The U.S. economy grew at a moderate 3.2% annualized pace in the fourth quarter, according to the Bureau of Economic Analysis. This rate made it the strongest quarter since the first and was significantly better than the second quarter's 2.6% growth. Yet, last quarter's pace failed to meet expectations of 3.5% growth. So despite the improvement, the market wanted more. The quarter's growth was due mostly to stronger consumer spending and net exports, but occurred in spite of relatively flat business activity and a decline in government spending.
First, since the fourth quarter provides a full year's worth of data, we also know that 2010's GDP growth was 2.9% -- the most since 2005. Here's GDP growth for the past decade:
In fact, 2.9% looks pretty good from this historical perspective, as it was only beaten in the above period during the years 2004 and 2005. Of course, coming out of a recession, GDP growth tends to be magnified. Once the economy fully stabilizes, the trick will be maintaining a brisk rate of growth.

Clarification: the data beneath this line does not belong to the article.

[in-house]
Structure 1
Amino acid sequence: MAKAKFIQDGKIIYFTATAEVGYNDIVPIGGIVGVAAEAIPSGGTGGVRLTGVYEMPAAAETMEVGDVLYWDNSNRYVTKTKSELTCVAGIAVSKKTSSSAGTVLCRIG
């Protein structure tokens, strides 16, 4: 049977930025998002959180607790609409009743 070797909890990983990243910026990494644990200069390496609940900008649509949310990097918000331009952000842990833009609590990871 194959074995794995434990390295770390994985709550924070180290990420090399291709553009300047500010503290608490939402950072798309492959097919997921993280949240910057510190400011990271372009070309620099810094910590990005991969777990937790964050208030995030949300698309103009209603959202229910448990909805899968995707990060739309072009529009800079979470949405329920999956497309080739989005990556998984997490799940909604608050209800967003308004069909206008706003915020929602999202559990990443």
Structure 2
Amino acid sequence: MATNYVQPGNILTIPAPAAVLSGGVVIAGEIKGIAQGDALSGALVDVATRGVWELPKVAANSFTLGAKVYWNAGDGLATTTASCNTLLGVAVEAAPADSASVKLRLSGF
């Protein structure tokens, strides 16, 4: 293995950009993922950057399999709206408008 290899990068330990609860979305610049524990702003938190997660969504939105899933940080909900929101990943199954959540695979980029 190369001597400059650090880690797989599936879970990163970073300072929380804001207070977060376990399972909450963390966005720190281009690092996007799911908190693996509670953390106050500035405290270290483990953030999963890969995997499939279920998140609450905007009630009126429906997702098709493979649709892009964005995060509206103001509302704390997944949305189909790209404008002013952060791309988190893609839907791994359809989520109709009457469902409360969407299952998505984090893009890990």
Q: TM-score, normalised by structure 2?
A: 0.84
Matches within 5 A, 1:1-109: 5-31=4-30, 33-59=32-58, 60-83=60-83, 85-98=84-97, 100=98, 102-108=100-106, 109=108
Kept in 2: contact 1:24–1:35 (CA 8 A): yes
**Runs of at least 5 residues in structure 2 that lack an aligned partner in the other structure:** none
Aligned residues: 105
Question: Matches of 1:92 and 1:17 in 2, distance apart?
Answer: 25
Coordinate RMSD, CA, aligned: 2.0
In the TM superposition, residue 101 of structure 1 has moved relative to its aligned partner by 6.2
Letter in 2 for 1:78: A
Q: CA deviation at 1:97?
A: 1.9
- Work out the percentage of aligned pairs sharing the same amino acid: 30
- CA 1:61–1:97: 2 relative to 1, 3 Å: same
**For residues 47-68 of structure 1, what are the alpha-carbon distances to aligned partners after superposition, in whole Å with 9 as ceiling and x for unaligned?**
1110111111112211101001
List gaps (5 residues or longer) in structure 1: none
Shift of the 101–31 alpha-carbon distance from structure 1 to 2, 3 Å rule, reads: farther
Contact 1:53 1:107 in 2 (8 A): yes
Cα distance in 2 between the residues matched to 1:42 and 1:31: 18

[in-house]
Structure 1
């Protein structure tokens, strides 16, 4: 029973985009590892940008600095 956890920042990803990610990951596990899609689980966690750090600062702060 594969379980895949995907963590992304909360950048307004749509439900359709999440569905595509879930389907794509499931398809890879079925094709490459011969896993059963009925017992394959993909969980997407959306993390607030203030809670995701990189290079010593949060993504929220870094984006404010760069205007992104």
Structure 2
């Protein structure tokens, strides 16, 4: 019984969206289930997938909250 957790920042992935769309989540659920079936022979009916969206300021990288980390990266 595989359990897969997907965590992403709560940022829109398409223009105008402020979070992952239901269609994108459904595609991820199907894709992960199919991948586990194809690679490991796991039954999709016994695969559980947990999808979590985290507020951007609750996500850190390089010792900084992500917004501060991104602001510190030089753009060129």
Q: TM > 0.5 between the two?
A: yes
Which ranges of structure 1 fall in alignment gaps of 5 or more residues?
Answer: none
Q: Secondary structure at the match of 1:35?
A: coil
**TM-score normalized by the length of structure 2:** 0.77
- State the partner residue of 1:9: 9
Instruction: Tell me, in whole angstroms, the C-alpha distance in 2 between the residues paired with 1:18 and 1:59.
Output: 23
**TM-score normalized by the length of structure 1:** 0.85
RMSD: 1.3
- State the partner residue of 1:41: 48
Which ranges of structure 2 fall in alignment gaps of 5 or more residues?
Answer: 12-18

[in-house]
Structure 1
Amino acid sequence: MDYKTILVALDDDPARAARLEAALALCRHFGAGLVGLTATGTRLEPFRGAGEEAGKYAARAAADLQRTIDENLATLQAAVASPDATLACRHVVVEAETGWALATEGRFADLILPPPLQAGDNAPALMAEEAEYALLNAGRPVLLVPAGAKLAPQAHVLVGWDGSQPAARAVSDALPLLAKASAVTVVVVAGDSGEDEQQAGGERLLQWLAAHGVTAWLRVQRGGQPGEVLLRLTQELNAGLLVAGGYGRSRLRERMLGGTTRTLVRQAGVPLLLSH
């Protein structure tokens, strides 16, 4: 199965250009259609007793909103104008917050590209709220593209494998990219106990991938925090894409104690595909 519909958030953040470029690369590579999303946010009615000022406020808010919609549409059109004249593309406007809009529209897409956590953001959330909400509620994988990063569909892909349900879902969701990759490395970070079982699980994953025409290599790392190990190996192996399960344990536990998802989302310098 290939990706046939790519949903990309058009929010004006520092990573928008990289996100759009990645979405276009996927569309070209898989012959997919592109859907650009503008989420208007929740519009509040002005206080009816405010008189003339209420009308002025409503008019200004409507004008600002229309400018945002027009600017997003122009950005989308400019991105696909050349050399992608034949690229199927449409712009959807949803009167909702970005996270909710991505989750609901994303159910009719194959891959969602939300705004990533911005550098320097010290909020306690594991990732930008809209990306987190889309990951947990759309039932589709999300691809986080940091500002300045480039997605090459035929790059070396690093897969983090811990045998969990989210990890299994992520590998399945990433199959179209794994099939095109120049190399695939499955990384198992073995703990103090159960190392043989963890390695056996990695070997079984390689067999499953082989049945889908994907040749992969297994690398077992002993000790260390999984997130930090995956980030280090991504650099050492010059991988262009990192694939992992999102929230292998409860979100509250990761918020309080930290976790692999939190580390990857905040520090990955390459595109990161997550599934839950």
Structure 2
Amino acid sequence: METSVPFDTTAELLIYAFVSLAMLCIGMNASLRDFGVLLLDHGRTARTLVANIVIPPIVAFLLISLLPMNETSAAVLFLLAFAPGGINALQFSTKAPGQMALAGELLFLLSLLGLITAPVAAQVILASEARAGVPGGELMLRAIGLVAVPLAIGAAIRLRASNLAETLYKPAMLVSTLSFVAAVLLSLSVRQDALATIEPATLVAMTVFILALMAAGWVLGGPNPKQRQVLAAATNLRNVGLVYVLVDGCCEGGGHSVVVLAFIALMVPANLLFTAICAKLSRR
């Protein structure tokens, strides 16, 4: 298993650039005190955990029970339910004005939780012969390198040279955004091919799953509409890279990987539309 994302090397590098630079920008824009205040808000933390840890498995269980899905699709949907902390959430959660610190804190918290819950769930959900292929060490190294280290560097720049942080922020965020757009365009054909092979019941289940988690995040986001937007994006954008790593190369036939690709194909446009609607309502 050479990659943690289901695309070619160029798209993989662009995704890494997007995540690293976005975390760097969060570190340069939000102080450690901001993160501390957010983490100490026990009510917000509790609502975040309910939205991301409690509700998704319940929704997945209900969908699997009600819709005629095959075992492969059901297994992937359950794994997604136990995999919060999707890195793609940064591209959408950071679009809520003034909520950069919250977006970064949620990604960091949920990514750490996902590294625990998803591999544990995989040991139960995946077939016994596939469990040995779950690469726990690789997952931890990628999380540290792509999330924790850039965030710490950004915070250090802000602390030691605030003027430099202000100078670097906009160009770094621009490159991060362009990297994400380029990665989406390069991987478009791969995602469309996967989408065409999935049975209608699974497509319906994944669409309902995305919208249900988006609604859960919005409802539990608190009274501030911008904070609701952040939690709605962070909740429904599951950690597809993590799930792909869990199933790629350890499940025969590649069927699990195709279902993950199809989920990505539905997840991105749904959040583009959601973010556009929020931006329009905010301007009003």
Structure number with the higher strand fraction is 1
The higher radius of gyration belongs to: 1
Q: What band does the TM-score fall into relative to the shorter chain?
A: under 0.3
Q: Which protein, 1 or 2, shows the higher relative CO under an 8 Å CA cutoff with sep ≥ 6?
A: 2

Now let's turn to what happened in the fourth quarter. Here's a chart showing how it stacks up against the recent past:
As with the annual rate, the quarterly rate also looks relatively good. It was only beaten by two quarters shown above, the last of 2009 and the first of 2010. Let's break down where this growth came from by looking at the economy's various components.